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From Colm MacCarthaigh <c...@stdlib.net>
Subject Re: Integrity of Apache source code
Date Tue, 18 Dec 2007 00:32:31 GMT
On Mon, Dec 17, 2007 at 11:22:37PM +0000, Andrew Beverley wrote:
> I am currently working within the UK Ministry of Defence, and am trying to get
> Apache web server accredited as software able to be installed on one of our
> defence networks. However, one of the barriers I am coming up against is the
> argument that, because it is open source, that someone could contribute a Trojan
> horse to the code and that the code could be included in the official product.

This is true - they could, but the same is true of any software
development methodology. 

> What I would like to know, so that I can dispel this, is what procedures are in
> place to prevent this happening? 

Imo it boils down to;

	0. Committers are only granted commit status after a period of peer
	   review and demonstrated period of competency and trustworthiness.
	   Noone is given commit access merely because they were employed
	   yesterday.

	1. All committed code changes are mailed to a public list which many
	   people actively monitor and read.

	2. A smaller number, but still enough, committers - likely including
	   the eventual release manager - regularly update their local copy of
	   the source tree and each have reasonable potential to notice a
	   change which was not mailed to the list (e.g. an attacker may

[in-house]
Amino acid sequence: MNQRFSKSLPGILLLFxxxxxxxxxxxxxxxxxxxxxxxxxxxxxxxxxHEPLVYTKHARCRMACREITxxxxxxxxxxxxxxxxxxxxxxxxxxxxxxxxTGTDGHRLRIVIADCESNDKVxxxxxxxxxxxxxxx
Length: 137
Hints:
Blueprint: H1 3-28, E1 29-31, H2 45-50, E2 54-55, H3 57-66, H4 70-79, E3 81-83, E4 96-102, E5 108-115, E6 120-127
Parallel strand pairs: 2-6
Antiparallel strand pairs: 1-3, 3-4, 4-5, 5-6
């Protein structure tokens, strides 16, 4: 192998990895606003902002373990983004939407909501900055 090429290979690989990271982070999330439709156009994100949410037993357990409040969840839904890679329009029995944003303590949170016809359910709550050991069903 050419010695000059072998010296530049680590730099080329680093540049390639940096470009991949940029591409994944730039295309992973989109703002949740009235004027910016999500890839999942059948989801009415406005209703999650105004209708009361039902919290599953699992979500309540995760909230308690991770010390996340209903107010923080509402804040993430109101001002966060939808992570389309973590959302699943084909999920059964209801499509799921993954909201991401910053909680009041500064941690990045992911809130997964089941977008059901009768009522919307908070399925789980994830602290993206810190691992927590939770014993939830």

manage to commit to the source tree, and disable the mails about
	   commits - but this would probably still be noticed).

> I know that all downloads are digitally signed,
> but what other procedures are in place? For example, how is code signed-off for
> inclusion in production releases?

In the case of modifications to released versions of Apache; at least 3
committers must review the changes and agree to their inclusion,
unreviewed commits to these versions of Apache are virtually guaranteed
to be noticed. At the time of release - once the release manager
nominates a release candidate it is subjected to even wider review and
testing by the Apache community and must be reviewed by at least 3
members of the Project Management Committee.

In the case of pre-release or versions of Apache still in development;
the code is subject to general peer review and there is typically a
period of months to years between time of commit and time of release
during which problems may be noticed.

-- 
Colm MacCárthaigh                        Public Key: colm+pgp@stdlib.net

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